Mayonnaise might seem like it’s Paleo at first glance, after all it’s mostly eggs and oil blended together. But understanding what it means to eat Paleo means getting down to each ingredient and sizing it up for purity. The quality of the mayo is what is most important here, and that involves using oils that are on the approved list of Paleo foods, and making sure that your eggs are organic and range free. The following Paleo mayo recipes will put you on the right track.
1. Homemade Paleo Baconnaise
Paleo cooks are always adding bacon to things as a way of making them taste better, and well, because they can. Bacon is an approved Paleo food, which is nice because it usually gets the ban hammer on other diet programs. Here they’re just using bacon fat, and not the actual bacon, which keeps the mayo nice and smooth and you don’t end up with pieces of bacon swimming around in it. They pay extra attention to the quality here, using pastured bacon fat, and gluten-free mustard, so you know that they’re making sure to keep this to Paleo standards.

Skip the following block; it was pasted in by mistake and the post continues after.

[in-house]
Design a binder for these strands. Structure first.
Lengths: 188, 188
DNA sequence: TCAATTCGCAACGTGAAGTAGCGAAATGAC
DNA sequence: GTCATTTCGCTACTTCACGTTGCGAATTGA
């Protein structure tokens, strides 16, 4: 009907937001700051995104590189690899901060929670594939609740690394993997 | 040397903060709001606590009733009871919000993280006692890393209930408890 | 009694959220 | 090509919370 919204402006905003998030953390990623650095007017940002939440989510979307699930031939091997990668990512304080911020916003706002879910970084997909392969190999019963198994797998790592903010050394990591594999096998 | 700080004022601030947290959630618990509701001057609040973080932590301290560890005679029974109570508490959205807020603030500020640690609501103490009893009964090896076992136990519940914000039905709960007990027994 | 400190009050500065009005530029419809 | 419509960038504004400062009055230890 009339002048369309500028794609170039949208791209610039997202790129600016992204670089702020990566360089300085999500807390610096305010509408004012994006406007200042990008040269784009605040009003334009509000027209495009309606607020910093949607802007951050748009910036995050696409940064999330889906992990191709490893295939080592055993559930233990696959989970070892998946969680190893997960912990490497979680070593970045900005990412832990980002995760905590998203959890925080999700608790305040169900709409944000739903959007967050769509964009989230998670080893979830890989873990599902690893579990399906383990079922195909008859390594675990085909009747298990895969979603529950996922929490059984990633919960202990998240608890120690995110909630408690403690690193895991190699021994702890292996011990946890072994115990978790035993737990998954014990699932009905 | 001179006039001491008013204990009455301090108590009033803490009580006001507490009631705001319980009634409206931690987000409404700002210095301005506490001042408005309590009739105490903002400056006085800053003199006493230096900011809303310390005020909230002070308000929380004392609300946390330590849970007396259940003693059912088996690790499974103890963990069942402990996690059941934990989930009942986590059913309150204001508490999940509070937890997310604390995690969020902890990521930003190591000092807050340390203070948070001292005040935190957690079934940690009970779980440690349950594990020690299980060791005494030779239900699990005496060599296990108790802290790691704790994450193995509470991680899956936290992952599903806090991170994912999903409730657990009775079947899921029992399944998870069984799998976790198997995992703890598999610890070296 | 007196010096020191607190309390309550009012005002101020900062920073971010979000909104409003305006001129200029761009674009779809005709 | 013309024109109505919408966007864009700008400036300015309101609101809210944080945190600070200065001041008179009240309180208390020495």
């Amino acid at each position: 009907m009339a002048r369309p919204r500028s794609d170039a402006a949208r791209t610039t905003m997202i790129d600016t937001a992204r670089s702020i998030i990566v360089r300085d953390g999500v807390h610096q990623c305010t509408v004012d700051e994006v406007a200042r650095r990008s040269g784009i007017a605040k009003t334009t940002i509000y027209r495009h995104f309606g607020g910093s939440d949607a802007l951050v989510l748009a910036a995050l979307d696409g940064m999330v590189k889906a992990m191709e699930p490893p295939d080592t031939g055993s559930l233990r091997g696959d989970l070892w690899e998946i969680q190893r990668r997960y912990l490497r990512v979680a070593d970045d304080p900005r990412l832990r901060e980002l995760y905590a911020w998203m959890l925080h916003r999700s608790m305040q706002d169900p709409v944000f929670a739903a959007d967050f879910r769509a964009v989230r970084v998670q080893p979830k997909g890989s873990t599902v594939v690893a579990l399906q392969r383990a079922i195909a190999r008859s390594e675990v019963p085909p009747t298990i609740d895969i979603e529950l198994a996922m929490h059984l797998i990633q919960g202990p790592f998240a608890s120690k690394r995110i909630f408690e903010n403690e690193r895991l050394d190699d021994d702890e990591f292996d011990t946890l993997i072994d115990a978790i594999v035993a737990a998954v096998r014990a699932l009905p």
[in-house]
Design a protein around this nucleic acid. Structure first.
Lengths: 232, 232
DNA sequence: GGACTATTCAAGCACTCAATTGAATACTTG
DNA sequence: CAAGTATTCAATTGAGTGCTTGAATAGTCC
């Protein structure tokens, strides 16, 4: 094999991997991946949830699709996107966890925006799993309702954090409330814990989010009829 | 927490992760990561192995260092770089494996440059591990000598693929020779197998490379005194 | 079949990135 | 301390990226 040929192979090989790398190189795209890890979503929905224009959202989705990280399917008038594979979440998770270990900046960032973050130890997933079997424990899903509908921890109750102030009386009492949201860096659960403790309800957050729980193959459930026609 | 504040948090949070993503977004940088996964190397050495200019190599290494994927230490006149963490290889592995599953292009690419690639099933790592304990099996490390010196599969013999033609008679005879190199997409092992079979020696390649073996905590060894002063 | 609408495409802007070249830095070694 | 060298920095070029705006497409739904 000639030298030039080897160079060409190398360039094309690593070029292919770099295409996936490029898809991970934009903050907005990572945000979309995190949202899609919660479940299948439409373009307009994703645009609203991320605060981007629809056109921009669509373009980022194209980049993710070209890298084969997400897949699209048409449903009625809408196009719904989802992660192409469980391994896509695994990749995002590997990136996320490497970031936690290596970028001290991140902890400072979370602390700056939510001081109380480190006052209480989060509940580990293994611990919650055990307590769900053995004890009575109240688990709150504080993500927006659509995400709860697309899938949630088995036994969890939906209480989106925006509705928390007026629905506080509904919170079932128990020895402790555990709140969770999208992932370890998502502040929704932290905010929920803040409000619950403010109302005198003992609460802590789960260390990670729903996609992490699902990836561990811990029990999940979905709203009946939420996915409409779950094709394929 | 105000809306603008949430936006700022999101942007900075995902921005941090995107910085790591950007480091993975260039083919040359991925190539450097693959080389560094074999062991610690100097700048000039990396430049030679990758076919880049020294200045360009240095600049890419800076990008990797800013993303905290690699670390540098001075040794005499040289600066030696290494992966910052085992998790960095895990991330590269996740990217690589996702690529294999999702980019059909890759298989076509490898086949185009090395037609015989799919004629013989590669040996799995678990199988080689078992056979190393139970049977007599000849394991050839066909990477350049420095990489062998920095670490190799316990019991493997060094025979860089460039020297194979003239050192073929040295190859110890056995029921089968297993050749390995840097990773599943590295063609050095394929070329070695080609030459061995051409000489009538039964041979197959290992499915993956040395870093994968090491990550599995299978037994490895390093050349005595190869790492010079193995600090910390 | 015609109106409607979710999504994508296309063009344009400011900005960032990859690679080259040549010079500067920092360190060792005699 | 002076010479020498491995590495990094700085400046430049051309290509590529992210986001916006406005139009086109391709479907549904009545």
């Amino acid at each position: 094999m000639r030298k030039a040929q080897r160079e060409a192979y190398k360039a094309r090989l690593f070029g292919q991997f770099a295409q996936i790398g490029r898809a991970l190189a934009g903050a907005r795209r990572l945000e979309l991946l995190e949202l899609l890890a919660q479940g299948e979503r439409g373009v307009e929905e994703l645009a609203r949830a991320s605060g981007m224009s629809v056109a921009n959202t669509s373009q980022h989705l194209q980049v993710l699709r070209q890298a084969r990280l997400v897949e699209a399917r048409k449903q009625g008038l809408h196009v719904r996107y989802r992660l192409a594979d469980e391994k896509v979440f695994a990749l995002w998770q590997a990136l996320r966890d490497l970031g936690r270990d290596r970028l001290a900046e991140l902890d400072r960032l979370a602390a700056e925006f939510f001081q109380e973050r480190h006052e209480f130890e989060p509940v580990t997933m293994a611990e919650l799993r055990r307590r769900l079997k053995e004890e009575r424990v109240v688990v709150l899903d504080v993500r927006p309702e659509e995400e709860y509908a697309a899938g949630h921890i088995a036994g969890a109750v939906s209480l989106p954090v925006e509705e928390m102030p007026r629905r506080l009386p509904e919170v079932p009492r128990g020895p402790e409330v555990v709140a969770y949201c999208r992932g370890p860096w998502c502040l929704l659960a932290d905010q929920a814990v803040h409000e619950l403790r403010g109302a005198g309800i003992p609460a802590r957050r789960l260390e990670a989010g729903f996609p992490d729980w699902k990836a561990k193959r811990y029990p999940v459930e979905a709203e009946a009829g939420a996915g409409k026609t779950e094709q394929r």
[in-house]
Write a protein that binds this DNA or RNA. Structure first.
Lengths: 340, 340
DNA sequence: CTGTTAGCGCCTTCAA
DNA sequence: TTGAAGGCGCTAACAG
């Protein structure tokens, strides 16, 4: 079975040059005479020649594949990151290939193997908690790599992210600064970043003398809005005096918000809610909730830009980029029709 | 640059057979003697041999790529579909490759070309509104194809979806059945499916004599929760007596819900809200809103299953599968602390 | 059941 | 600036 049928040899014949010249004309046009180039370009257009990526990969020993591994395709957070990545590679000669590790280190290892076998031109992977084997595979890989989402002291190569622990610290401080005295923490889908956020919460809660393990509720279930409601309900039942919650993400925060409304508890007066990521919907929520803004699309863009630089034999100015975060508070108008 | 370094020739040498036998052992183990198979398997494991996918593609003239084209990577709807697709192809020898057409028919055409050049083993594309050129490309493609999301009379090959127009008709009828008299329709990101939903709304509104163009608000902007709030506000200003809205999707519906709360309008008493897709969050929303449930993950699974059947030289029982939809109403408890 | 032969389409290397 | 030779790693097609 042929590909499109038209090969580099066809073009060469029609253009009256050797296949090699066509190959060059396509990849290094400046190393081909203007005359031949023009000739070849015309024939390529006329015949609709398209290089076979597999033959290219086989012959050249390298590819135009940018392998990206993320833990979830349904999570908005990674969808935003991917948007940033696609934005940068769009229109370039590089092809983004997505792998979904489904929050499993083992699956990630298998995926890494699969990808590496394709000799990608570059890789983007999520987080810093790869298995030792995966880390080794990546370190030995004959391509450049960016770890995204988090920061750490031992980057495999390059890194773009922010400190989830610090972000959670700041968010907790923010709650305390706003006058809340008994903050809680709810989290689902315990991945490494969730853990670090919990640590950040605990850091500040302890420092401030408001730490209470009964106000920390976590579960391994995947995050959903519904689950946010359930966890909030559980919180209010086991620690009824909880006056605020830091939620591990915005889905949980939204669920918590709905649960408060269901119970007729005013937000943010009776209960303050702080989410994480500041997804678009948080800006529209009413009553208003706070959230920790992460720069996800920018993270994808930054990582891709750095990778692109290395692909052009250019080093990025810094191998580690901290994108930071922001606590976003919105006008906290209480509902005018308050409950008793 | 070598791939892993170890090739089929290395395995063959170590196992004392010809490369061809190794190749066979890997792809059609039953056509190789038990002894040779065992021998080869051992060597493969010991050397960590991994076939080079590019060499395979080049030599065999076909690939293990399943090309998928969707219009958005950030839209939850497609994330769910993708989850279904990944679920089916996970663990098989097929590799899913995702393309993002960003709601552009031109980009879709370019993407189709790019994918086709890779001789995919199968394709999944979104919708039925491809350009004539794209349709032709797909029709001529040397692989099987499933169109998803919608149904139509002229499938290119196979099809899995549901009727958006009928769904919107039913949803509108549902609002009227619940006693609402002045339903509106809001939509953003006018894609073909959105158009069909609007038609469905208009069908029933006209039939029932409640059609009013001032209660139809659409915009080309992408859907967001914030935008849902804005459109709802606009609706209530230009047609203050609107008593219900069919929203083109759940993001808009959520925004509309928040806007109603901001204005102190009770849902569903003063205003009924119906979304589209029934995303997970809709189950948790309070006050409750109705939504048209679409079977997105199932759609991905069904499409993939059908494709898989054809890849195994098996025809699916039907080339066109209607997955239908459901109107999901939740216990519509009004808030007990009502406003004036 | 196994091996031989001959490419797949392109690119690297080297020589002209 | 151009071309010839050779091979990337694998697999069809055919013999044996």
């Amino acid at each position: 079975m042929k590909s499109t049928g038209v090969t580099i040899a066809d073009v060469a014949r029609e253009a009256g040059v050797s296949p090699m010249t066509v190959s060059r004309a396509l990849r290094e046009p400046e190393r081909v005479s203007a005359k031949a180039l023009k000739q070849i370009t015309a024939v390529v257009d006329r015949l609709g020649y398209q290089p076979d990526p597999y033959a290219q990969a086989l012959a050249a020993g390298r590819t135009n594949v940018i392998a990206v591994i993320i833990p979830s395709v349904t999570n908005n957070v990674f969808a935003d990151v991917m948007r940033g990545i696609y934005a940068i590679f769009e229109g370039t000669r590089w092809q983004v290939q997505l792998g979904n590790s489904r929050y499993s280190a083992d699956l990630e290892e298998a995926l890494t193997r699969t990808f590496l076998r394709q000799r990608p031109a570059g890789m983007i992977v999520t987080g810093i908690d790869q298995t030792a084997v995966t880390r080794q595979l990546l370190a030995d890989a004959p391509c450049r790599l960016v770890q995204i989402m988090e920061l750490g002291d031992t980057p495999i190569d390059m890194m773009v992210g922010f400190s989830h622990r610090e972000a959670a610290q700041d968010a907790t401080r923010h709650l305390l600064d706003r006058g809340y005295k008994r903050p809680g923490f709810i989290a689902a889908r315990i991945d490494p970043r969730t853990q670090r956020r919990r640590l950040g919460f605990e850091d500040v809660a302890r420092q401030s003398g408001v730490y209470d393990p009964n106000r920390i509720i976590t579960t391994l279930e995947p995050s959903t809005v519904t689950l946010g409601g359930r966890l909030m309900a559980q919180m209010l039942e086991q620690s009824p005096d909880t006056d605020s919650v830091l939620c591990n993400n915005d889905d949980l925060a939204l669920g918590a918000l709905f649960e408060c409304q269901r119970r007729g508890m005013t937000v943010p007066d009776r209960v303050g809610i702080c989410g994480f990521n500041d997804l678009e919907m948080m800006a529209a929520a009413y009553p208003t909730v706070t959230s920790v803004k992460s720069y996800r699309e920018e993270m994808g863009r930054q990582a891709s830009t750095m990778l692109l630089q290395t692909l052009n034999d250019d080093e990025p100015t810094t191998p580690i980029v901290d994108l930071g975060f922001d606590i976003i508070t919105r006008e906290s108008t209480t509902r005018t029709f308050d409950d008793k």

2. Best Homemade Mayo
Saying yours is the best is a big responsibility, since there is so much competition out there you don’t know what you’re up against. At the same time unless and until someone comes along and challenges you on your claim, you get to wear the title. In this case they’re saying they’ve perfected the art of mayo making, and they’ve done so using pastured eggs, light olive oil, and a few other ingredients that will make this look and taste just like you’d expect. You’ll see light olive oil being used in many of the recipes on our list, since Extra Virgin Olive Oil doesn’t work too well.
3. Coconut-Ghee Mayonnaise